In December 1945 Anton Ackerman published an article maintaining that different countries might take different roads to socialism. The speed with which his views were picked up (it was even included in the party program) worried the Soviet authorities. Under their pressure the view was gradually proscribed and Ackerman was removed from all posts of responsibility.
Doubts expressed, by functionaries over official program or policies were dubbed “collywobbles.” In addition to the heresy about separate roads to socialism, “collywobbles” included: equality of Communist parties instead of subordination to the Russian party; the “withering away of the state” in contrast to its growth; direction of nationalized industry by elected workers committees instead of by bureaucratic decree; the possibility of errors among the top leaders; the right of freely expressing dissident opinions in the party; and the need to reduce the immense privileges of the party officials.
Leonhard emphasizes that these differences were “an expression of opposition ideas within the system itself: an expression of the contradictions between the teachings of Marx and Lenin on the one hand, and the Stalinist theory and practice on the other hand.” A party member, wrestling with his “collywobbles” in agonizing fashion, will nevertheless “stubbornly, and apparently with complete conviction defend the official party line. His western interlocutor then leaves him with the firm conviction of having been talking to a 150% Stalinist.”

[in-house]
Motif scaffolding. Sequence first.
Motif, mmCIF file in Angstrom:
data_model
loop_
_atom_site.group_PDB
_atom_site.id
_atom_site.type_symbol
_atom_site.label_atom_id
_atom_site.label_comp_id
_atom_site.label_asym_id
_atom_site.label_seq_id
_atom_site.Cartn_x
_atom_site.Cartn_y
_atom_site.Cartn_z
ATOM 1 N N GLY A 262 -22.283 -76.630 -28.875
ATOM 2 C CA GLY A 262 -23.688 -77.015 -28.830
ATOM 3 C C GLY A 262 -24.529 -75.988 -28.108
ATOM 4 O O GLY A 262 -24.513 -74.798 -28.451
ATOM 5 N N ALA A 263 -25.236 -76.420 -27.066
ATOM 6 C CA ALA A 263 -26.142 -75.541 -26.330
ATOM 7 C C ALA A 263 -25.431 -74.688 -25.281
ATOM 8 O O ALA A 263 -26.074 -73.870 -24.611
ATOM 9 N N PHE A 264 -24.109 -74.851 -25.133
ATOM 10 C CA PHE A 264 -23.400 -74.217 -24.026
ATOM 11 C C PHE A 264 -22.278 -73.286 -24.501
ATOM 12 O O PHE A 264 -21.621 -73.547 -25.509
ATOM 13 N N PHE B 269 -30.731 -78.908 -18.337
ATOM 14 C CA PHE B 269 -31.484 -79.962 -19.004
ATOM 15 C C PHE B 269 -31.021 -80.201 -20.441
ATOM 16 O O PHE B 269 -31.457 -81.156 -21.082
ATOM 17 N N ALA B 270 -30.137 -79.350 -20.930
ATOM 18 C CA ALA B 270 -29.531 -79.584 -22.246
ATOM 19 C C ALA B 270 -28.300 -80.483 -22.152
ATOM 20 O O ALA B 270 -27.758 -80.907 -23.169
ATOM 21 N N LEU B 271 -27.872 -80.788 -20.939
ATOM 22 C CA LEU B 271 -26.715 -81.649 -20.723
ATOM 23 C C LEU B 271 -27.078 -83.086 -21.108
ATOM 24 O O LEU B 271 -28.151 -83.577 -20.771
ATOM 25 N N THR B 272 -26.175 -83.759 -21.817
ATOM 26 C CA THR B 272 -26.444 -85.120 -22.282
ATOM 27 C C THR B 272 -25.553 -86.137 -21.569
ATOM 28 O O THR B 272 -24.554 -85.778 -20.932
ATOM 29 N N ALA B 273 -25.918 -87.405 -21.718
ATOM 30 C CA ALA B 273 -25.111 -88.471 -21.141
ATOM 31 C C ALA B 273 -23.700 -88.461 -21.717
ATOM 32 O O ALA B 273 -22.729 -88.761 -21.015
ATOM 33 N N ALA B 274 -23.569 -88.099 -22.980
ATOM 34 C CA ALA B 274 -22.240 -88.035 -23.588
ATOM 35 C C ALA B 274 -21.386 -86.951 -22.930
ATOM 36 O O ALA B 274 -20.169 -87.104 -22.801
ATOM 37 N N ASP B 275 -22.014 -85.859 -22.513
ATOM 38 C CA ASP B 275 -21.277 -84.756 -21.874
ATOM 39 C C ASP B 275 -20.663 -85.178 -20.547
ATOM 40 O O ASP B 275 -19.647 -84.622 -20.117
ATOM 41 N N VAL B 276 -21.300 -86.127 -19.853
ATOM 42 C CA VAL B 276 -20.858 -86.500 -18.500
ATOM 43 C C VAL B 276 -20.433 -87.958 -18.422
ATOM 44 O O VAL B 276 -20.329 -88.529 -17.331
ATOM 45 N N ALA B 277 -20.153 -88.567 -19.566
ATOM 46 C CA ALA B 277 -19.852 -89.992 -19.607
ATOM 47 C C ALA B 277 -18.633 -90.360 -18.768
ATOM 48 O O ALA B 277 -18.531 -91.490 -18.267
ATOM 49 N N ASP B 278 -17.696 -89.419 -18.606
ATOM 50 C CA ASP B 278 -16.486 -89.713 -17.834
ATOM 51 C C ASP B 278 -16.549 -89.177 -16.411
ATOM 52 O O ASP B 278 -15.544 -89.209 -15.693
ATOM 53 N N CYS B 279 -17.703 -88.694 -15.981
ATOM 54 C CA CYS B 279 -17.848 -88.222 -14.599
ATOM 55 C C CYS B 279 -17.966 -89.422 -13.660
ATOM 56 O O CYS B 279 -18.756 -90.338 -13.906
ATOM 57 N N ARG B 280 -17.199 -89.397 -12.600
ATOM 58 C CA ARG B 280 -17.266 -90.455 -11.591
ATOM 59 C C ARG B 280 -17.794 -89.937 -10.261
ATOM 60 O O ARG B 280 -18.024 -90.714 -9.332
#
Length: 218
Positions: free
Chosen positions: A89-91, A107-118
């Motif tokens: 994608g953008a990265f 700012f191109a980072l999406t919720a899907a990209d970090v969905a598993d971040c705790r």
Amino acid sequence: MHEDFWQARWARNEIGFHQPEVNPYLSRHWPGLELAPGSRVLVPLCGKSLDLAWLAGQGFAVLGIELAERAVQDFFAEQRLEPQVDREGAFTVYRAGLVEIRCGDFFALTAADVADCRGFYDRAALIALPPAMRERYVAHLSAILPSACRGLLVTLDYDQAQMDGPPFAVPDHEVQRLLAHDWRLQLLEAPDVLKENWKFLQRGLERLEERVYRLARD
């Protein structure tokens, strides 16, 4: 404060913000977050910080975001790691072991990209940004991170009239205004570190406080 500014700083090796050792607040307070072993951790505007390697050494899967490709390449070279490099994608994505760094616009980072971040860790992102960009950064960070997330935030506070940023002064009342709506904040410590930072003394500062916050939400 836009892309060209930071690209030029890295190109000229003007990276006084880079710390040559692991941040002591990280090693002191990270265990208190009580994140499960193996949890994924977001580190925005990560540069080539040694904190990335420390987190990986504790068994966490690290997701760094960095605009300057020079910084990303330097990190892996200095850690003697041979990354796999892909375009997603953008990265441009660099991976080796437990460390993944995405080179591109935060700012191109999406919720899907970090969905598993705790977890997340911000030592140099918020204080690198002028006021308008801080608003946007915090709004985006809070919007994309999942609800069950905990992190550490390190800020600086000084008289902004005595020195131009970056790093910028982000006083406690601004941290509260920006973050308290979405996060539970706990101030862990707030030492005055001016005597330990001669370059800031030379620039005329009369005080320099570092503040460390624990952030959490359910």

The Tito-Stalin break had a profound effect on all those holding dissident views. The 27-year-old Leonhard was among those who felt that Tito was right against Stalin. After a period of undercover propaganda work in favor of Tito’s viewpoint he escaped via Czechoslovakia to Yugoslavia. After two years there he was sent to West Germany to set up the Independent Workers Party, a centrist group that tried to amalgamate diverse tendencies around a pro-Titoist orientation. With the collapse of this organization he emigrated to England and is now at Oxford.
Leonhard claims to be a Marxist. Judgment on the accuracy of this claim can be made more precisely when the second volume of his account, on which he is now working, appears. In this he promises a theoretical appraisal of the Soviet Union and Stalinism. In the present volume he makes no attempt at analysis but simply recounts his experiences. This volume therefore stands in its own right as an inside view of the Soviet bureaucracy under Stalin and as source material for a better understanding of the unrest in East Europe and its repercussions in Soviet ruling circles.
Last updated on: 29 April 2009